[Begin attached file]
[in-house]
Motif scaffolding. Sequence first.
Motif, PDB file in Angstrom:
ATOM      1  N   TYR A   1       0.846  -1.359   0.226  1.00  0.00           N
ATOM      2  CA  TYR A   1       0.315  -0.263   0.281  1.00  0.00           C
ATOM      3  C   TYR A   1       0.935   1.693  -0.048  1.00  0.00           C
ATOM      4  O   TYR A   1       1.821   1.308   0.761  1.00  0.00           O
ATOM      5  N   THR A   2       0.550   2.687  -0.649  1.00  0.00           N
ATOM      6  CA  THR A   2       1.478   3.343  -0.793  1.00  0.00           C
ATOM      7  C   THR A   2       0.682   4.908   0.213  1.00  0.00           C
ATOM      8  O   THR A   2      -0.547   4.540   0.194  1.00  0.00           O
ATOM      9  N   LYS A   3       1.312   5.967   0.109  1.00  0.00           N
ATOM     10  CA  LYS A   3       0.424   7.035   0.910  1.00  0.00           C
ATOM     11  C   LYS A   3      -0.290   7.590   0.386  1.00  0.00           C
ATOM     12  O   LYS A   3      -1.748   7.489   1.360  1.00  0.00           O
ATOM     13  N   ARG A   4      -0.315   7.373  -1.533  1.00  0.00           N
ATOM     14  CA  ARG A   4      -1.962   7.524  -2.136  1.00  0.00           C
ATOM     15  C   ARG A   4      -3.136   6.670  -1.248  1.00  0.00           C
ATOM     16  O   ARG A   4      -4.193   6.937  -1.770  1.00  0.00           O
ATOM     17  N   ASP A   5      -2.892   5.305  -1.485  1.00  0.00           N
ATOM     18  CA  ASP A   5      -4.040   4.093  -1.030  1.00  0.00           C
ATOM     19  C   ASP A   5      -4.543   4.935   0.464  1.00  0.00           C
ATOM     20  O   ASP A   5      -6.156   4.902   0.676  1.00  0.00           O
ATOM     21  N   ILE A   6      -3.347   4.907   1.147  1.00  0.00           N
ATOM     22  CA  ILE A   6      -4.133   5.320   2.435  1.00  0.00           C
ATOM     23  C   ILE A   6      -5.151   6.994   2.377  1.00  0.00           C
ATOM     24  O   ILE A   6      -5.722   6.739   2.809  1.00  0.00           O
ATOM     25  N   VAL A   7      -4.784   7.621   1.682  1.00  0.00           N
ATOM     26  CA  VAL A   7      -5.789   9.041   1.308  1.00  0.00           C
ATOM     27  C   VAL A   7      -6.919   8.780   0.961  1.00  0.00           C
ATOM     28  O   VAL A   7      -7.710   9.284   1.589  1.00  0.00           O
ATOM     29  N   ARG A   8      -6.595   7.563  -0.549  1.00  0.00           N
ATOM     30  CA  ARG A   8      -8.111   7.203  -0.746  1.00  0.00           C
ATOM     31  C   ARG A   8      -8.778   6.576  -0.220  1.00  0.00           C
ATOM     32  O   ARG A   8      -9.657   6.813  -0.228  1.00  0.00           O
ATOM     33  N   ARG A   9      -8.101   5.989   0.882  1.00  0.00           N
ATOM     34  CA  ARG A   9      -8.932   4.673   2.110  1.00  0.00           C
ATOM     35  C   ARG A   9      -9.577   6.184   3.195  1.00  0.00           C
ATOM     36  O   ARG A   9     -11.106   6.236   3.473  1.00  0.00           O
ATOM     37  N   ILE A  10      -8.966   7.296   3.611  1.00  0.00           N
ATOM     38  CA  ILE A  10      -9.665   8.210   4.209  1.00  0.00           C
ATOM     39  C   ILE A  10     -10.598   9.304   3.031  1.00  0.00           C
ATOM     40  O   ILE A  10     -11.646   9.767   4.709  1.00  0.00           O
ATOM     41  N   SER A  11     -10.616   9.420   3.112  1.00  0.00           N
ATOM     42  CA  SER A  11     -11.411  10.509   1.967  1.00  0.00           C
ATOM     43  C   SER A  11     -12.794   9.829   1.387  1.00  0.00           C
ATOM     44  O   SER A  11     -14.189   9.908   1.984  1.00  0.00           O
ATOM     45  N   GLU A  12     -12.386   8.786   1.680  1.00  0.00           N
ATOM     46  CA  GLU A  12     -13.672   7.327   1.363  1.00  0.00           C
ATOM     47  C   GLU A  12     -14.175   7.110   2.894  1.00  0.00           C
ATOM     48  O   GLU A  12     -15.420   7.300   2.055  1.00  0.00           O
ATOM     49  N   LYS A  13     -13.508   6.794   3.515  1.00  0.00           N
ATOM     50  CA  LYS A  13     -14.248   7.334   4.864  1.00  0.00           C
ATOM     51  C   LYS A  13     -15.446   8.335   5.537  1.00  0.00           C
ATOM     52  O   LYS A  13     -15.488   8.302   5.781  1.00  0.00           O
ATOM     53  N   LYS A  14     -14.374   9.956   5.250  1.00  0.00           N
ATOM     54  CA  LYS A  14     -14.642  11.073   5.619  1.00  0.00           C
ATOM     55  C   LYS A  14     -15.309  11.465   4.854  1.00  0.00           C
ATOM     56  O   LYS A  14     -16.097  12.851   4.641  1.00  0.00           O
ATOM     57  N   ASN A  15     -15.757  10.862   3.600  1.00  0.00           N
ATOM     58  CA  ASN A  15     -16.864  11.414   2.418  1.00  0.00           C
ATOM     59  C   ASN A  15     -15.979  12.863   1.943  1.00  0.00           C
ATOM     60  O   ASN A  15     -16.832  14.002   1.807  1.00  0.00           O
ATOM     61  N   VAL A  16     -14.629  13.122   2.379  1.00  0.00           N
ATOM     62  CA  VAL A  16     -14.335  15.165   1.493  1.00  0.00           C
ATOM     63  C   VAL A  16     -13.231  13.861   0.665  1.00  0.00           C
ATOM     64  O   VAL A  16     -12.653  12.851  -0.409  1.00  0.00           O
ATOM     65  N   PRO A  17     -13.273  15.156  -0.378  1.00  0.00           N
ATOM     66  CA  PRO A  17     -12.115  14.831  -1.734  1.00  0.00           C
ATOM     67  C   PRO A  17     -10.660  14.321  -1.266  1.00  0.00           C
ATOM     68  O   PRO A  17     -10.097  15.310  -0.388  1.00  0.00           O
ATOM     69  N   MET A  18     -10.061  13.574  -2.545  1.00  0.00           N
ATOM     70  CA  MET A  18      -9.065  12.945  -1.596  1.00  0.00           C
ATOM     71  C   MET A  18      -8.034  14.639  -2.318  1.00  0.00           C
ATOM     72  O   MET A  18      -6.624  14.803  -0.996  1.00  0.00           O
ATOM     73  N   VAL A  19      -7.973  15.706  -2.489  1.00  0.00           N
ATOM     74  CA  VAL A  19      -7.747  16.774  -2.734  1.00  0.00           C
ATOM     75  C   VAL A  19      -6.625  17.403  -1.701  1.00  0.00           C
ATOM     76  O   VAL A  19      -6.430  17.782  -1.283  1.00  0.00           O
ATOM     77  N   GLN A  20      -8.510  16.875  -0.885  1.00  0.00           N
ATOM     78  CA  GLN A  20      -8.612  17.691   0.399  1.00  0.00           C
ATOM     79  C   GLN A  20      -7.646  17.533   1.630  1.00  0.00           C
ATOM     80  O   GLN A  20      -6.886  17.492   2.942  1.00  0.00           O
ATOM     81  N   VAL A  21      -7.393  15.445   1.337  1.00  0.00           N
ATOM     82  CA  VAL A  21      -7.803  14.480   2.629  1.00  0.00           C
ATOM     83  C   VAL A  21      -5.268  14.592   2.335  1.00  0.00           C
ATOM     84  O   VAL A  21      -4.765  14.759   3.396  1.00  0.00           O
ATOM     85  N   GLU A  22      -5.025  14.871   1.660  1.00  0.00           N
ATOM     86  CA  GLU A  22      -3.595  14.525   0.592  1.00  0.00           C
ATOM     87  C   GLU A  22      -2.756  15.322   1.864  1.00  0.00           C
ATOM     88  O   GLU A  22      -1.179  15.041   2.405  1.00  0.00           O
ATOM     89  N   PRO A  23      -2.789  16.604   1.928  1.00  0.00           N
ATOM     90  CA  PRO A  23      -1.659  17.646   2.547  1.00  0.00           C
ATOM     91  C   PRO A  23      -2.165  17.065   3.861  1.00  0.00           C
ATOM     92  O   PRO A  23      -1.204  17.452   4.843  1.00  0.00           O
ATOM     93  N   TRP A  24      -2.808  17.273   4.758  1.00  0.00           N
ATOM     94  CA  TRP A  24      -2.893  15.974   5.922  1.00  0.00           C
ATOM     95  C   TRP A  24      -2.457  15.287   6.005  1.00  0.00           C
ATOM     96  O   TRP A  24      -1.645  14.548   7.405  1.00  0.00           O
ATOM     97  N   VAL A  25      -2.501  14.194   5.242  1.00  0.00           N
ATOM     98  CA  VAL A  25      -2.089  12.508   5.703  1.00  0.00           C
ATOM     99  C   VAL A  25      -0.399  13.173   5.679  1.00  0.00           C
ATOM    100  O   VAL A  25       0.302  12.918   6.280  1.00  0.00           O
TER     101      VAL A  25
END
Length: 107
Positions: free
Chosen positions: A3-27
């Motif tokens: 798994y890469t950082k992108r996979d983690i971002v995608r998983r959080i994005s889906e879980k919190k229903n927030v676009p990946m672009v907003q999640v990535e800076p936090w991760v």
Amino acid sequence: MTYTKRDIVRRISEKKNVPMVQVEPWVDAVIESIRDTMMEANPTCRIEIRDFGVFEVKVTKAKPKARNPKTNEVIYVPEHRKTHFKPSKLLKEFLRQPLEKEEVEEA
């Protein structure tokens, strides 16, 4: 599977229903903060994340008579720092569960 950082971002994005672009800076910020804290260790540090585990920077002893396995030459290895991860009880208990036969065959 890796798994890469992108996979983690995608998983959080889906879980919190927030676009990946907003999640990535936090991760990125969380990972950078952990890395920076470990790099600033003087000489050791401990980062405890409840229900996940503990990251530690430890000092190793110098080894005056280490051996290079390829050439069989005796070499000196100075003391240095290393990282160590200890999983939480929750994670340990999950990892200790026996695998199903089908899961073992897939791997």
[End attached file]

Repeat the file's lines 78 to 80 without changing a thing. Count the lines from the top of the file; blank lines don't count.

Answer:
ATOM     75  C   VAL A  19      -6.625  17.403  -1.701  1.00  0.00           C
ATOM     76  O   VAL A  19      -6.430  17.782  -1.283  1.00  0.00           O
ATOM     77  N   GLN A  20      -8.510  16.875  -0.885  1.00  0.00           N